3. New billable services. Billing for RN blood pressure checks, AWVs, and extended care team services have helped make aTBC at Bellin financially feasible. Revenue from RN visits, for example, was $630,000 in 2018.
4. Improved access for patients. Of the 130 primary care providers now on aTBC, 15 (11.5%) had closed their practices to new patients before aTBC. Now, all of their practices are open to new patients, which has improved access to care. In a 2018 patient access survey, 96.6% of patients obtained an appointment as soon as they thought it was needed, compared with 70.7% of patients before the transition to aTBC.
Greater opportunity for financial sustainability. The combination of improved quality measures and decreased cost of care in the Bellin aTBC bodes well for future success in a value-based world. We have realized a significant increase in value-based payments for improved quality, and in our Next Gen Accountable Care Organization (ACO) patients, we have seen a decrease of $29 in per-member-per-month costs, likely due to the use of nonphysicians in expanded roles. In addition, hospital admissions have decreased by 5% due to the ability of ambulatory teams to manage more complex patients in the office setting. This model has also allowed physicians and APCs to increase their panel size, another key value-based metric. From 2016 to 2018, panel size for primary care providers increased by an average of 8%.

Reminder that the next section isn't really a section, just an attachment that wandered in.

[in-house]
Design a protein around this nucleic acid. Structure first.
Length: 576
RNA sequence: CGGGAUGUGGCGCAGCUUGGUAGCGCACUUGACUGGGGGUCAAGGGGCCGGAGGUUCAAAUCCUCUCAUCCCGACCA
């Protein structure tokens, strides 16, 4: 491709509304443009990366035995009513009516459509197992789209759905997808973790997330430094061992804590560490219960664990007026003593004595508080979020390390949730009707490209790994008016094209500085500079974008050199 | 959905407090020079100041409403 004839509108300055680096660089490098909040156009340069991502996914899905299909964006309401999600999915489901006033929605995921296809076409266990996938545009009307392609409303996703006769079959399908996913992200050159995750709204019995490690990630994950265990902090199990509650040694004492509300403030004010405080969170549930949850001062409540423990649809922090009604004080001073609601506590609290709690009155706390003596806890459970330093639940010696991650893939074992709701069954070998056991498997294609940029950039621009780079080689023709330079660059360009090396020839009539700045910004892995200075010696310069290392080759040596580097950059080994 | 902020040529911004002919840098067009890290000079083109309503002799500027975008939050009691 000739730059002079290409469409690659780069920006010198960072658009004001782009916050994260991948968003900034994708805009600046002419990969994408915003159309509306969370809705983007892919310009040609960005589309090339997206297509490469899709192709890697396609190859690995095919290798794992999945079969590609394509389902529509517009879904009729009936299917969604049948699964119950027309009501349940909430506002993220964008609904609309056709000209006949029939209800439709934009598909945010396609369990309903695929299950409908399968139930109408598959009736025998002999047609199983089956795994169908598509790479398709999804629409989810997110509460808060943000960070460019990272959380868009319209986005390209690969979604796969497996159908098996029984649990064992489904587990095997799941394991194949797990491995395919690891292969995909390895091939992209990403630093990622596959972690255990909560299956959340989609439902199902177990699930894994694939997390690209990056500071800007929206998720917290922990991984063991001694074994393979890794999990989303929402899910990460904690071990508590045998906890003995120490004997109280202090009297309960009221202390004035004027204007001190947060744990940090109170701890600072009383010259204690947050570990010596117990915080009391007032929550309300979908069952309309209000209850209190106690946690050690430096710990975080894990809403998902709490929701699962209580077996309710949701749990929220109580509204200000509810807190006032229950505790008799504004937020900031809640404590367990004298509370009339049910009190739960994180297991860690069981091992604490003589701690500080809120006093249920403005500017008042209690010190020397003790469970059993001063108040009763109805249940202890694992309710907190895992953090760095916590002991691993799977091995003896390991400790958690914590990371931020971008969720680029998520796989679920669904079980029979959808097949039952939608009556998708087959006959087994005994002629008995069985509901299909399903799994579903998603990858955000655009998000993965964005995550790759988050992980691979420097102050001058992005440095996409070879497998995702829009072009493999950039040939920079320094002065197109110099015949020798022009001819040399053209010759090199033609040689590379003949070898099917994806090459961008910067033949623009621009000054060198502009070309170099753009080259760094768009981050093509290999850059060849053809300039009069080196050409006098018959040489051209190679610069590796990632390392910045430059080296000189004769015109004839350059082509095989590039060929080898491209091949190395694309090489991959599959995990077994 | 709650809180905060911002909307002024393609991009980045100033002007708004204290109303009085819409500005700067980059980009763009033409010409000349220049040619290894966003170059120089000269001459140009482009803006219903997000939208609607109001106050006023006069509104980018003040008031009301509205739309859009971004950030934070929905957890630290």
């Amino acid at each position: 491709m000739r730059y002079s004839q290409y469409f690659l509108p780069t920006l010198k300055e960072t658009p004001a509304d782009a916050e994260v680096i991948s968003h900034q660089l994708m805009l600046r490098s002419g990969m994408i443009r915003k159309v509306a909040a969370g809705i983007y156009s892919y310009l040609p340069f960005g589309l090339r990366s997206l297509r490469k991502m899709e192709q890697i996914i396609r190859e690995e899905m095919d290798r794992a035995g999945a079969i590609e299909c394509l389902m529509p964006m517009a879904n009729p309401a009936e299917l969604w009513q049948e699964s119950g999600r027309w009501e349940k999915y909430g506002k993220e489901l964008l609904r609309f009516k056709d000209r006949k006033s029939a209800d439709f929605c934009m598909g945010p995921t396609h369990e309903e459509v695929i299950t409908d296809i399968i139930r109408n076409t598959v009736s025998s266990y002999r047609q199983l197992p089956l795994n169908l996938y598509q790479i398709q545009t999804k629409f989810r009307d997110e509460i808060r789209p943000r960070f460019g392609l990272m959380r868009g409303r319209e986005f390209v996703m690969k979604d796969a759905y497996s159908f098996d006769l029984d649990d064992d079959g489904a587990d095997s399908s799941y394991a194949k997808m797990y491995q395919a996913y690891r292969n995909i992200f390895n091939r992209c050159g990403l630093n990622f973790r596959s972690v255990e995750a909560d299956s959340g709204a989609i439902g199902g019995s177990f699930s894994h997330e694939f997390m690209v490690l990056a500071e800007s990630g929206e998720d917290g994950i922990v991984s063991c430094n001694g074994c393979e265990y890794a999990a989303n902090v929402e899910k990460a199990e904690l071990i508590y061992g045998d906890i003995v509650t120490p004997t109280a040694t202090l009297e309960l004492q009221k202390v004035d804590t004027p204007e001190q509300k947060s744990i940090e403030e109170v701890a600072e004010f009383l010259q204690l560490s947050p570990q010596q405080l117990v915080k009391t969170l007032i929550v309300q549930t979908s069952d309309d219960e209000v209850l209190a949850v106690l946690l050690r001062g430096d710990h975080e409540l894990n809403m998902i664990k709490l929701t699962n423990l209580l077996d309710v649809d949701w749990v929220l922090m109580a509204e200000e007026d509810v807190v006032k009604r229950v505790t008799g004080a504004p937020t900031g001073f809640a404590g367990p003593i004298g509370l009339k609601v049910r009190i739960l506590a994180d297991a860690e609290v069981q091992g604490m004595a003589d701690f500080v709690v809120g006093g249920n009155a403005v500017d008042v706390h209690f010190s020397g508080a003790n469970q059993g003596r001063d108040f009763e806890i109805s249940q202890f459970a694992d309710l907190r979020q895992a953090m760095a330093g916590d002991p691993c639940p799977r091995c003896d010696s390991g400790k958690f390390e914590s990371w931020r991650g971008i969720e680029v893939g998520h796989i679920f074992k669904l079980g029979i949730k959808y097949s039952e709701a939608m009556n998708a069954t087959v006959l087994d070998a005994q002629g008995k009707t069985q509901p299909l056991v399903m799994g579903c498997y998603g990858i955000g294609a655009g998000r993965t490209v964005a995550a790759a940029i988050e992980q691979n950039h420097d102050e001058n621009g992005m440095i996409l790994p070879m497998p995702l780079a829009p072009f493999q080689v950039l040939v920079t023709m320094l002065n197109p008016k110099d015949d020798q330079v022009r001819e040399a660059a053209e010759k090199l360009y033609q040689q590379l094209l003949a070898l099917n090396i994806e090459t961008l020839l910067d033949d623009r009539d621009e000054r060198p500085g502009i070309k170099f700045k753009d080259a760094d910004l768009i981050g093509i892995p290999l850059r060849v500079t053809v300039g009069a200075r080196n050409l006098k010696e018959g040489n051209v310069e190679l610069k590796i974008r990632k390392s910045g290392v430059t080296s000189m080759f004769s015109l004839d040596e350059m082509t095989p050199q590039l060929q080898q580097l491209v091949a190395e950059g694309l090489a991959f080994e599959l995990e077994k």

Enhanced ability to retain and recruit. Several of Bellin’s primary care recruits indicated that they had interviewed only at practices incorporating team-based care. This trend may increase as residencies transition to team-based models of care.
So how did we do?
Metrics of Bellin’s aTBC success
By the end of 2018, all 130 primary care physicians and APCs at Bellin had made the transition to this model, representing family medicine, internal medicine, and pediatrics. We have now begun the transition of our non-primary care specialties to team-based care.
Continue to: In the aTBC model...